Weighing them is also a good idea because once they reach adulthood, roosters will weigh around 5 pounds while hens will weigh a bit less, usually about 4 pounds on average. Additionally, a rooster will grow up to be from 18 to 20 inches tall, while hens will have a height of 15 to 17 inches.
Editor’s notes: It’s worth mentioning that some Easter Egger roosters will be quite small, but that depends on possible genes they picked from other breeds like a bantam. That being said, ranging from different batches, some Easter Egger roosters will be smaller compared to hens, so you should be extra careful when choosing.
Wattles & Combs
The problem with Easter Egger chickens is that both roosters and hens have quite prominent wattles and combs, and until they are completely grown, it could be harder to make a difference. However, the basic rule of thumb is that those of roosters will always be significantly longer and larger.
The prominent wattles will be easy to spot on both hen and rooster, but it takes a bit longer staring to determine whether it’s the rooster or a hen. Nevertheless, if you take a look at an adult Easter Egger chicken, you will easily notice that a rooster’s wattles are extremely long compared to those of a hen.
On the other hand, their combs stand out in the batch. That being said, if you notice that some chicken has an extremely prominent comb compared to other chicken in the flock, chances are that it’s the Easter Egger rooster.
Editor’s notes: This is one of the easiest ways to tell whether some chicken is an Easter Egger rooster or hen. Additionally, it works on other breeds such as Silkie roosters, and Wyandotte roosters.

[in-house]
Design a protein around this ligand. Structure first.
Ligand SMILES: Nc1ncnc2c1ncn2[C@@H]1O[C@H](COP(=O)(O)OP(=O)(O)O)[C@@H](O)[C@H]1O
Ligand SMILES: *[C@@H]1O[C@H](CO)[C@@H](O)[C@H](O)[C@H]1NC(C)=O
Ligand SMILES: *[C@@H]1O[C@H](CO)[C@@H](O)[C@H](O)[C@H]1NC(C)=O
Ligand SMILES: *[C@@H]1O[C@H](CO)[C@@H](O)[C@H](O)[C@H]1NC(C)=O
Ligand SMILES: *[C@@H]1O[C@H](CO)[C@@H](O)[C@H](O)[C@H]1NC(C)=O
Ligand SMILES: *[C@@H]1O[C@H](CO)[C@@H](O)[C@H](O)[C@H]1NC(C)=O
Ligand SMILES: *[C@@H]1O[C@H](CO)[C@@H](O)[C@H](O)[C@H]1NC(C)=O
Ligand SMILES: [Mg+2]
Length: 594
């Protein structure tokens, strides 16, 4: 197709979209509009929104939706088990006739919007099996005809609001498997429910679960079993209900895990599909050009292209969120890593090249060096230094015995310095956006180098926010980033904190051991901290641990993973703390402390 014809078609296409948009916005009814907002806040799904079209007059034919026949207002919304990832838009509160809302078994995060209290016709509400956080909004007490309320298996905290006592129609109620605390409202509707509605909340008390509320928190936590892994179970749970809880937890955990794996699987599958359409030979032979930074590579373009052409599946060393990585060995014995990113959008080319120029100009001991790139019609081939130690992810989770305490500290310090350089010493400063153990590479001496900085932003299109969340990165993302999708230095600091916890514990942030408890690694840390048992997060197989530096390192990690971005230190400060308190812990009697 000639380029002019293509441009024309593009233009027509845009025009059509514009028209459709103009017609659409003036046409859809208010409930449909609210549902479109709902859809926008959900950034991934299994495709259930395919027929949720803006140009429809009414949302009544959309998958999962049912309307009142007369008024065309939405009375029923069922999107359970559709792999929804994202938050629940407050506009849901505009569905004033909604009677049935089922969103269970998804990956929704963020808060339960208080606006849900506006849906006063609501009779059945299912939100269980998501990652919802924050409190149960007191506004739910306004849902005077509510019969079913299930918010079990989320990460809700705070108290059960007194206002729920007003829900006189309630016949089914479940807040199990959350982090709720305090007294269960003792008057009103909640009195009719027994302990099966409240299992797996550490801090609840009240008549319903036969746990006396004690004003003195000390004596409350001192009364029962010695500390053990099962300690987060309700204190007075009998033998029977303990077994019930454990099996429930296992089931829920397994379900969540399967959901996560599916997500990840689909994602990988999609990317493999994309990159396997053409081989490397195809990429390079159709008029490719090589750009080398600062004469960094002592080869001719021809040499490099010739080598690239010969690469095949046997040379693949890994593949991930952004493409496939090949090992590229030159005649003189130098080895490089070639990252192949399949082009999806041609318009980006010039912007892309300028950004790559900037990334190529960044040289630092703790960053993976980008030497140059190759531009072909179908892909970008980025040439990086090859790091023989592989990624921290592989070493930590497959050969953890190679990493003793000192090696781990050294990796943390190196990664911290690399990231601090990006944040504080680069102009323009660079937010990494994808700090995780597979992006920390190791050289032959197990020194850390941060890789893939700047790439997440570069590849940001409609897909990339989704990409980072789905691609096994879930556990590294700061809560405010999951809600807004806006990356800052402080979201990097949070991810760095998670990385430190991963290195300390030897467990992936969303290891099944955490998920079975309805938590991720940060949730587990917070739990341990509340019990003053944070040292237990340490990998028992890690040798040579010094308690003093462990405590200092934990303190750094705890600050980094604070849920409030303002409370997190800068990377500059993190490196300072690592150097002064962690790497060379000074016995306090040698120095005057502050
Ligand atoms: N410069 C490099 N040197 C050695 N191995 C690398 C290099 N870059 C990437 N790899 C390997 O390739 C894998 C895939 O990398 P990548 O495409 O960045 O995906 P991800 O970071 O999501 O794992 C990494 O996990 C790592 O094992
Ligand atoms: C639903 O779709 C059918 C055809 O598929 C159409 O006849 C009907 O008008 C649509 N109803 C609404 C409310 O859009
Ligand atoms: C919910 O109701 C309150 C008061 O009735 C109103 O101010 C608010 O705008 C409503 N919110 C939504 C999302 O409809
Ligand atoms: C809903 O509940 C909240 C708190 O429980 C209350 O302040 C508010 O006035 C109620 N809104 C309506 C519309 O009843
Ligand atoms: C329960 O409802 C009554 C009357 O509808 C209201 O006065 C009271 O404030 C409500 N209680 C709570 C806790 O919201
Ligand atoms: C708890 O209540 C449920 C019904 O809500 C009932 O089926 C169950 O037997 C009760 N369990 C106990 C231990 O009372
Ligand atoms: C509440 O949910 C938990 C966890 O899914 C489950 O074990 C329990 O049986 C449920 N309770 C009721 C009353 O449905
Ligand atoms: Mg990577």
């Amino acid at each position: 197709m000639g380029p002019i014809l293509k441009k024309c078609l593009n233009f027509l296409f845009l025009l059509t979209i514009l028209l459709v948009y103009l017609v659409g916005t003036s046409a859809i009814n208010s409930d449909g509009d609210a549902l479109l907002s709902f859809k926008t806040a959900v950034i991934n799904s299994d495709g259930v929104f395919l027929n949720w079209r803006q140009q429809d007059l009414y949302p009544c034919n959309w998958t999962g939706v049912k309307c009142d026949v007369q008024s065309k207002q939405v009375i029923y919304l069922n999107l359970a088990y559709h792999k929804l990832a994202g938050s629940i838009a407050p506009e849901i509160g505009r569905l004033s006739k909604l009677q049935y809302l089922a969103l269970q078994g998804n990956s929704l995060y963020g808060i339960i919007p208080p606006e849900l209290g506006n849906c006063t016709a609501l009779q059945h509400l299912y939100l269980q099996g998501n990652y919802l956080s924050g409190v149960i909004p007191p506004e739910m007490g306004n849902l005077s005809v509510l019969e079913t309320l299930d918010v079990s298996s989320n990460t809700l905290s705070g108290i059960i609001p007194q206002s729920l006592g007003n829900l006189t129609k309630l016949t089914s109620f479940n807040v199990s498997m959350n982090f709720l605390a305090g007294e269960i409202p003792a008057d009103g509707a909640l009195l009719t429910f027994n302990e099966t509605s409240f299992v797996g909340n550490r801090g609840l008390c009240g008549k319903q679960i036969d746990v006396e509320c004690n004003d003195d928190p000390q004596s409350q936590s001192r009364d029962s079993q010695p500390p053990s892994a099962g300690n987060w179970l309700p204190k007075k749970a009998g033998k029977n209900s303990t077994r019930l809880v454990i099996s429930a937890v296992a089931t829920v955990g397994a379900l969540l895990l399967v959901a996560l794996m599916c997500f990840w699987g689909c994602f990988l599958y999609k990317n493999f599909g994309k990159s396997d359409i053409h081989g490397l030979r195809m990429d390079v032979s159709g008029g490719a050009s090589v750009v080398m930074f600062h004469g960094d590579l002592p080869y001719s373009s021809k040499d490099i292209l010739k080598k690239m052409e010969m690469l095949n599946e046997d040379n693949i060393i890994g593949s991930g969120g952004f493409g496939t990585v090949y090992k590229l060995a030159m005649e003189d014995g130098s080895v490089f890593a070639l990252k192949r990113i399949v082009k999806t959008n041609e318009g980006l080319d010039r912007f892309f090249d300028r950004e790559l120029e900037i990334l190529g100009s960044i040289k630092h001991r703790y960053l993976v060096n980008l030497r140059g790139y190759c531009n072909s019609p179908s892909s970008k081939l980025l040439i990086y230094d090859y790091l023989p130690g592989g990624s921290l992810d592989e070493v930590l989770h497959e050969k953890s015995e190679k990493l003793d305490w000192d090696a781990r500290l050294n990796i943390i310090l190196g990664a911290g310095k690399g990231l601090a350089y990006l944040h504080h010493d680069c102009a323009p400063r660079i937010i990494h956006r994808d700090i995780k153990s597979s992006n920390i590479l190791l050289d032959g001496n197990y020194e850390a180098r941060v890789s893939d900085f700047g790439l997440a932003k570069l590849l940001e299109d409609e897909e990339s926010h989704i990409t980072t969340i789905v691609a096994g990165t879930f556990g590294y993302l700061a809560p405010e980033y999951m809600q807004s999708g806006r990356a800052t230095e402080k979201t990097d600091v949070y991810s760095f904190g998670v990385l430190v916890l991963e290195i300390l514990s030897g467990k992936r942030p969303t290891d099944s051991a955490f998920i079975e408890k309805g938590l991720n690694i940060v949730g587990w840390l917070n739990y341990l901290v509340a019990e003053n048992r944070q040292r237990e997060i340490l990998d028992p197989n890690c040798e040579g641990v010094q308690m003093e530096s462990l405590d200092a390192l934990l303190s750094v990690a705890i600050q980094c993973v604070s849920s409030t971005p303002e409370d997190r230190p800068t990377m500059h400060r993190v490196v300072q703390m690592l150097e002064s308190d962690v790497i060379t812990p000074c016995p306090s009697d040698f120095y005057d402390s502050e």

We mentioned earlier that Easter Egger roosters and hens are quite similar in appearance, which can mean it will be hard to recognize the rooster from the hens and vice versa. However, if you take a close look at their colors as well as plumage, you may be able to spot some distinct differences.
For example, Easter Egger hens will have pale yellow beaks ranging to dark brown. Their legs will also be yellow. As mentioned earlier, they have a vibrant combination of colors like black, blue, teal, golden brown, and other colors.
However, if you want to spot distinct differences, you should have to take a look at the hackle feathers which are located on EE chicken’s neck. All roosters will have different colors there compared to the rest of their body, while hens usually feature the same range of colors across their whole body.
Editor’s notes: Keep in mind that this is not the best way to check for differences between these two. Easter Egger hens could feature only one color on their back, but roosters may not always have the same color distortion on their hackle feathers. Always check for color differences in combination with other traits.
Behavior & Temper
Both Easter Egger roosters and hens have similar behavior patterns which are why it can be difficult to tell them apart. Moreover, the majority of these chickens are friendly to both other chickens in the flock and humans.
They have unique behavior patterns, but some farmers report that they’re more reserved compared to other breeds inside the same flock. This trait also makes them gentler and more peaceful, which is why farmers who have children often buy them, so that they wouldn’t risk having them attacked or hurt.
Although chickens are friendly, as they grow up, you will notice that roosters, although still a bit shy, can show changes in temperament, becoming more aggressive and territorial.
Even though all roosters become territorial as they come to the right age, it’s worth mentioning that this change can distinctly be seen in Easter Egger roosters.
When Easter Egger roosters become 15 weeks old, they’ll likely start crowing, but don’t worry if they don’t, they could as well start a bit later, but everything is normal even if it doesn’t start by 20 weeks old. Easter Egger hens will also start laying their colorful eggs by 20 to 25 weeks old.